In contrast, one of the greatest values that Taekwon-Do and Hapkido teaches is through faithfullness and allegiance to one's personal goals and also, to one's teachers, a person can develop self-satisfaction, fitness, humility, mental-discipline and respect towards others, which can ultimately lead to a happier, more peaceful lifestyle.

Perserverance (In Nae)

Confucious said: 'One who is impatient in trivial matters can seldom achieve success in matters of great importance.' This wise observation is certainly true, because a person of patience will usually accomplish what he has set out for, no matter how great the odds are against him. Through sheer perseverance and tenacity, he will definitely attain his goal.

The same applies to perfecting the skills of Taekwon-Do and Hapkido. Perseverance is one of the most important secrets in becoming a master of the arts.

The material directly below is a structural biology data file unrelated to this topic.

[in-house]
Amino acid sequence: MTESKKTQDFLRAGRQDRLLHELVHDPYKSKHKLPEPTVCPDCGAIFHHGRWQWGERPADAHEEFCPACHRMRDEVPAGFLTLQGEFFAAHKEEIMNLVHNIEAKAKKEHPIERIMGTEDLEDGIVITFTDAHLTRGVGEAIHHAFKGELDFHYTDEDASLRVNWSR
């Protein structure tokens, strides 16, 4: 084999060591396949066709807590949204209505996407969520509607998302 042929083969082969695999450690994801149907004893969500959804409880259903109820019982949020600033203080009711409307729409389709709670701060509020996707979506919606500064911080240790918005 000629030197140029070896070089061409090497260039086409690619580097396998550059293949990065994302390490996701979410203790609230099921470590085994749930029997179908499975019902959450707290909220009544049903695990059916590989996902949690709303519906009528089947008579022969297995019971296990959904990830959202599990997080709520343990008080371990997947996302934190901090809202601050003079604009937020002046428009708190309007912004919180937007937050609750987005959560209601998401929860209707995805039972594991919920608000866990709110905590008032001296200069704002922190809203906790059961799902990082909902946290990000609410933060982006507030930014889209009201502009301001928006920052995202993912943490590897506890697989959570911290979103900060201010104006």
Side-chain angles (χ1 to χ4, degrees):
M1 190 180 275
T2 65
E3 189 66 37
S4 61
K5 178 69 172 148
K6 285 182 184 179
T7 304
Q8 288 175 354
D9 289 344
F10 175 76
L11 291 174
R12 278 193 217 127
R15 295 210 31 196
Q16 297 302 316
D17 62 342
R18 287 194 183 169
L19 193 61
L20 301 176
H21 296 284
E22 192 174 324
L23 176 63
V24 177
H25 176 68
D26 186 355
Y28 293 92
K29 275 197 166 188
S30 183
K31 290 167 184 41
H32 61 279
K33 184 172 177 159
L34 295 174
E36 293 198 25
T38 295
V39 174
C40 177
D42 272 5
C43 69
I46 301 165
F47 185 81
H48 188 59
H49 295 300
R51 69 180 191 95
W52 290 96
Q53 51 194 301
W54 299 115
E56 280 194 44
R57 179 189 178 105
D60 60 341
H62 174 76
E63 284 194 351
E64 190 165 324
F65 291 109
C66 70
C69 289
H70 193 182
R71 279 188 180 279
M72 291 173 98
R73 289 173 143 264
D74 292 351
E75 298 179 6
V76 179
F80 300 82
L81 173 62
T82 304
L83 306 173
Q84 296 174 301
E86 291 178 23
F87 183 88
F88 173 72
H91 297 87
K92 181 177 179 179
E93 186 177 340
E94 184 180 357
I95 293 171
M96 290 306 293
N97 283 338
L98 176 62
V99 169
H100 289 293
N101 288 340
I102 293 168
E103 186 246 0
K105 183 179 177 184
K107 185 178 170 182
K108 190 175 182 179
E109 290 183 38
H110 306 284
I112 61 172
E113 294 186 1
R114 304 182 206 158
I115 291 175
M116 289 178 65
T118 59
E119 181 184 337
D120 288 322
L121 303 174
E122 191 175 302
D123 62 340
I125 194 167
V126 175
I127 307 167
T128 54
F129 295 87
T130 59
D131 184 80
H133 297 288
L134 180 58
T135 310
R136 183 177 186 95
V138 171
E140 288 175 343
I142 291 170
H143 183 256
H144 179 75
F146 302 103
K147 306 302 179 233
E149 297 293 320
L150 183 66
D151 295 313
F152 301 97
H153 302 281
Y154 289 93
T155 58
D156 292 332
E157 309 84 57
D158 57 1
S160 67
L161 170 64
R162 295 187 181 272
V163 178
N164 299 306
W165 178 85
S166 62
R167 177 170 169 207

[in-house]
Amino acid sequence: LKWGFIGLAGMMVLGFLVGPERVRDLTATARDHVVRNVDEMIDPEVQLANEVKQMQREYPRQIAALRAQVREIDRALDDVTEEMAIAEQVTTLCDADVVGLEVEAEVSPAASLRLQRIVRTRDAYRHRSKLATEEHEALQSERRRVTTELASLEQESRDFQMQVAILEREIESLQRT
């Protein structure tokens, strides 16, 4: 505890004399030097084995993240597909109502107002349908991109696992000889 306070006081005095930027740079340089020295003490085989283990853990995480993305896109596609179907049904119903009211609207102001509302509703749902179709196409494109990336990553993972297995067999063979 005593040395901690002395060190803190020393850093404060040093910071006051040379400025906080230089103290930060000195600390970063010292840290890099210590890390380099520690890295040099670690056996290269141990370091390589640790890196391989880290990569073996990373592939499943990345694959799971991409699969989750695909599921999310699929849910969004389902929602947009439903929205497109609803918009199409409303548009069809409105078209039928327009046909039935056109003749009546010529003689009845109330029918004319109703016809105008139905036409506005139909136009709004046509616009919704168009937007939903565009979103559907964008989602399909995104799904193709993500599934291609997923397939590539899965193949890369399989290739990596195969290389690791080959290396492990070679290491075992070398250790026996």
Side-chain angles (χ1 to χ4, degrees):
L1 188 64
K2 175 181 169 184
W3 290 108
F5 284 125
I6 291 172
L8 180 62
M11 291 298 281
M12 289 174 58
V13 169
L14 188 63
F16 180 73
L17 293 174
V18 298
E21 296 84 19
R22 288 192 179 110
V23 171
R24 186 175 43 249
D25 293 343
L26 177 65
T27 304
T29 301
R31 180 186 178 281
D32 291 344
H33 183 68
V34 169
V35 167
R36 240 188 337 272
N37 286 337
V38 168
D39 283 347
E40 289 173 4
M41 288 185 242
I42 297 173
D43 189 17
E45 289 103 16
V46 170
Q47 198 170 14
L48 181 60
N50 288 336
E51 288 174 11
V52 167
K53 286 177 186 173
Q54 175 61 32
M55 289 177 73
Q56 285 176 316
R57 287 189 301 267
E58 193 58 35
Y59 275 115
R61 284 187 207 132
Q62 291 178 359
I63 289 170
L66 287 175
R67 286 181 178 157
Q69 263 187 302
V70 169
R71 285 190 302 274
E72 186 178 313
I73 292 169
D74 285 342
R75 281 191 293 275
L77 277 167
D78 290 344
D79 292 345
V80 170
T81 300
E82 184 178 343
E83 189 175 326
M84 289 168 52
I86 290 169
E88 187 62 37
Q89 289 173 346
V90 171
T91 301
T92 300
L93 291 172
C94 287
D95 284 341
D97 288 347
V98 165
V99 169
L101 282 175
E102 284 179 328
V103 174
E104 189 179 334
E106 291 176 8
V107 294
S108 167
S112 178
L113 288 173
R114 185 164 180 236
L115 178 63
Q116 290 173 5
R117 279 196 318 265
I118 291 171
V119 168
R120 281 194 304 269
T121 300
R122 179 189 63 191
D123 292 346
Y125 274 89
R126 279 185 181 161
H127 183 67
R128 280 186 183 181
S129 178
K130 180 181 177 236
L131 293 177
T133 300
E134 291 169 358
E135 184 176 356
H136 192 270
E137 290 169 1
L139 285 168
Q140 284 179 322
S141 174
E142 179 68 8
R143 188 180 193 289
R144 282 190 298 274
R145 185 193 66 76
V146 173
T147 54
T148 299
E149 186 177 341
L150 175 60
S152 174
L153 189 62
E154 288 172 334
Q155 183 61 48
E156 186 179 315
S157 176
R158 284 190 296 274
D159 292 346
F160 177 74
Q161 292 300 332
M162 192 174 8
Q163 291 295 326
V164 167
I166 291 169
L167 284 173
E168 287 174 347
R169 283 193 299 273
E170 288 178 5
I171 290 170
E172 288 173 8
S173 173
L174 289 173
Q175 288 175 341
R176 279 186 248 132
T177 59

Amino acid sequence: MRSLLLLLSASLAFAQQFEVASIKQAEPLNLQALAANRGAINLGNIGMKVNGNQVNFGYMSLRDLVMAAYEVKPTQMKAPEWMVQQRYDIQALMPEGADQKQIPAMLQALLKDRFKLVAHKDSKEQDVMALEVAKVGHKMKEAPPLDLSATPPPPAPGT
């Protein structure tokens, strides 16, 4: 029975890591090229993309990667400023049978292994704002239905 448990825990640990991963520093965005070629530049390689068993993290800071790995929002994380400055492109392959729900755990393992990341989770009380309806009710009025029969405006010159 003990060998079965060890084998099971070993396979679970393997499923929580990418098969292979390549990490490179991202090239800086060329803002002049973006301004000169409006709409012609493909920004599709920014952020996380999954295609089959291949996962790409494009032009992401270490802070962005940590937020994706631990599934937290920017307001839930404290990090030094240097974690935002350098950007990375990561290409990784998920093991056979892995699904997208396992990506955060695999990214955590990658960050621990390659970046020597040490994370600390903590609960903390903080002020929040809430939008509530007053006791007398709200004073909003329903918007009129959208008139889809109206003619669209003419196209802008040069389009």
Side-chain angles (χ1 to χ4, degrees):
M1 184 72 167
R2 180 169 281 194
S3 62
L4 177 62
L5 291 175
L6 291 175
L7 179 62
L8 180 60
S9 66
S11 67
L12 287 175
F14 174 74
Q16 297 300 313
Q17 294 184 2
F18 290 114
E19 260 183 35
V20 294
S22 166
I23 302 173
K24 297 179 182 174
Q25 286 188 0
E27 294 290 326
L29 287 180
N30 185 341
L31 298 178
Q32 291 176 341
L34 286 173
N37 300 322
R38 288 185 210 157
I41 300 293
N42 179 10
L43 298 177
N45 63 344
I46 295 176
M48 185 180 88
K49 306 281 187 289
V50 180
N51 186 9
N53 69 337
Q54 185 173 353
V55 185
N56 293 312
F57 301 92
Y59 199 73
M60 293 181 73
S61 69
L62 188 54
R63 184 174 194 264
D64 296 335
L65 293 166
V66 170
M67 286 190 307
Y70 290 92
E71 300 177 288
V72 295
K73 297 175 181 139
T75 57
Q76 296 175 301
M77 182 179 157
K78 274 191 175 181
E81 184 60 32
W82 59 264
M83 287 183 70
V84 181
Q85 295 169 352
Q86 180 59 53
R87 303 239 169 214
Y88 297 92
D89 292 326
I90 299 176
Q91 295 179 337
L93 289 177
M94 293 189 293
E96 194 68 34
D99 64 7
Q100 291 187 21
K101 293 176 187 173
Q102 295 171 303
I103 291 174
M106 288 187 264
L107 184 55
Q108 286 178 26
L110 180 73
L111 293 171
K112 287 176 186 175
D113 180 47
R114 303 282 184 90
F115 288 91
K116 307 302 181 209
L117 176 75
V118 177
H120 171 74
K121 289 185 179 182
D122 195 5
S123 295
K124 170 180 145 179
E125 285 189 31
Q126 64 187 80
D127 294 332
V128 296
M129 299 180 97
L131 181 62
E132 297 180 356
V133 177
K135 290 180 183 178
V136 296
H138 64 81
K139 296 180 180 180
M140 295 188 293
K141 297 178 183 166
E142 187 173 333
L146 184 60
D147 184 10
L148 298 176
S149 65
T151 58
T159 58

Self-Control (Guk Gi)

Self-Control is very essential in performing the rituals of Taekwon-Do and Hapkido. A loss of self-control can be disastrous to the student, as well as his opponent. A person who has a tight reign over himself is able to live and work within his capacity. He knows his strengths and failings; thus, he can act in accordance to his sphere of capabilities.

Indomitable Spirit (Baekjul Bool Gool)

When a brave person and his principles are pitted against overwhelming odds, an indomitable spirit is shown when he adheres to his beliefs.

A serious student of Taekwon-Do and Hapkido must be ever ready to defend the cause of justice. When confronted with iniquity, he will handle it without any fear or the least hesitation, in a spirit that is indomitable and uncompromising towards wrongs.

Confucious stated: "It is an act of cowardice to fail to speak out against injustice,' and history has verified that the courageous who are not afraid to pursue their dreams with the indomitable spirit never fail to achieve their goals."

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The Philosophy of Taekwon-Do
 (Taekwon-Do Chul Hak)